Durable Power of Attorney for Healthcare
|P.A. 312 of 1990
H.B. 4016 of 1990 – Rep. David Hollister
Recodified by P.A. 386 of 1998
In December 1990, the Michigan Legislature approved a bill establishing a durable power of attorney for health care. Passage of the bill followed more than 14 years of debate over how the rights of incompetent patients should be protected. Disagreements existed in a variety of areas from dealing with an unconscious pregnant woman, to when patients could be deprived of food and water. Over time a process-oriented bill was crafted which provided safeguards against abuses. The law allows individuals to direct their medical care through an appointed patient advocate.The wisdom of this approach has become apparent as states which initially enacted only living will laws have found them to be inadequate.A durable power of attorney is the standard for a thorough advance directive. Incompetent patients now have available to them the best means of protecting their rights. By appointing an advocate, and being able to put their wishes in writing in the durable power document, patients can direct their care and still have the procedural safeguards to insure there right to life is not compromised. Right to Life of Michigan supported the concept of the durable power during many of the years of debate before the law was finally passed.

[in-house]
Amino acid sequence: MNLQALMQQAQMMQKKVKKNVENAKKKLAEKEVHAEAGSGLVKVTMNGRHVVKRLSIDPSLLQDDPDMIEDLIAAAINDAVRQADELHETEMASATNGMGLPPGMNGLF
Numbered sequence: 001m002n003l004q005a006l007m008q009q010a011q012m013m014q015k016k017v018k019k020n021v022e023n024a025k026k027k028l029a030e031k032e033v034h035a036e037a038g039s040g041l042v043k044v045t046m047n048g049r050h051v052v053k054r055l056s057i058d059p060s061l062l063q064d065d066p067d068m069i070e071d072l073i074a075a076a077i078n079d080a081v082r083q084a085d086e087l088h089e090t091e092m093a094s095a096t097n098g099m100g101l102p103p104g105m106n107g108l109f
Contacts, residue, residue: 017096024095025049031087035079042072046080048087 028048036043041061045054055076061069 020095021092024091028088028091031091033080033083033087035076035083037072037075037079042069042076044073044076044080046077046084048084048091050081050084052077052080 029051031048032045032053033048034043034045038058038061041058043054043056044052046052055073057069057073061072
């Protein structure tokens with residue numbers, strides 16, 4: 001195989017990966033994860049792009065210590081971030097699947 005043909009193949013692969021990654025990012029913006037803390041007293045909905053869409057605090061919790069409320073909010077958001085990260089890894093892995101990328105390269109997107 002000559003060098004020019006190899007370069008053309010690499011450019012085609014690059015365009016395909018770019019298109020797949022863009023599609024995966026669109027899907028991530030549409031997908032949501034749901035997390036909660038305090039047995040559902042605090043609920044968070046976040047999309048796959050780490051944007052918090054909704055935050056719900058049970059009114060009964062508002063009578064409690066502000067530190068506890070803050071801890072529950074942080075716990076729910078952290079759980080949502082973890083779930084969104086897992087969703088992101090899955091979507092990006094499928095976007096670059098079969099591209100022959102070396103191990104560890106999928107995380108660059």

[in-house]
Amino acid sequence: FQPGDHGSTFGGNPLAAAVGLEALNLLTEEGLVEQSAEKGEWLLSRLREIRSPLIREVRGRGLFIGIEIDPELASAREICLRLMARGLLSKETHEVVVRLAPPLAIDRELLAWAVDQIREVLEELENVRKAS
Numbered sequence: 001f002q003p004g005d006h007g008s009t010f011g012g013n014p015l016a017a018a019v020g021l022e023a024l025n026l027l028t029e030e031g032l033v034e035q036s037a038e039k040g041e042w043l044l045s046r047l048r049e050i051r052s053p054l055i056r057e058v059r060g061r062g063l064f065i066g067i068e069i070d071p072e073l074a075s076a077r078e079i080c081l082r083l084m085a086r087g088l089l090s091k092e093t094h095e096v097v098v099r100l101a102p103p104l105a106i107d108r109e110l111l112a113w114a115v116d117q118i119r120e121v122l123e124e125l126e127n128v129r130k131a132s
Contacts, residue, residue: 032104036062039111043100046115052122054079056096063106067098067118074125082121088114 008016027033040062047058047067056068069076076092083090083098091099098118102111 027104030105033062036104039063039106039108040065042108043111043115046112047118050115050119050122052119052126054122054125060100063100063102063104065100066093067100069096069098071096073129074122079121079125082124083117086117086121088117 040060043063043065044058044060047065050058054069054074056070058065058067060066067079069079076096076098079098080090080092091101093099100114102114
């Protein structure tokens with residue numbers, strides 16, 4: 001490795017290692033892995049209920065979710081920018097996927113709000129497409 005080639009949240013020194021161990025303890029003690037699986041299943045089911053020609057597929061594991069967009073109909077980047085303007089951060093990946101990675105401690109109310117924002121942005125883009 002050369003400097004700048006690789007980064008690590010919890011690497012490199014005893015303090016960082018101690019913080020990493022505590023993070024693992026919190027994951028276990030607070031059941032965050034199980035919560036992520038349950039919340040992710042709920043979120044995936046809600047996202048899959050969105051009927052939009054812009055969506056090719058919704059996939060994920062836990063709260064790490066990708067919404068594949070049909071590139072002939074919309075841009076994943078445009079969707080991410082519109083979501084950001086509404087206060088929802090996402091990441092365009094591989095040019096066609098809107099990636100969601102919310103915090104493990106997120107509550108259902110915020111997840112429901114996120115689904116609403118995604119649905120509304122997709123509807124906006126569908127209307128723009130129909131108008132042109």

Currently in Michigan, only documents executed pursuant to a 1990 Michigan law allow citizens to establish a legally recognized “advance directive.” The durable power of attorney for health care allows individuals to name another person to be their “patient advocate” in an instance when they are unable to make medical decisions. The law also allows individuals to specify in the document the types of treatments they wish to receive or refuse.
Right to Life of Michigan remains firmly opposed to granting legal recognition to living wills through legislative enactment.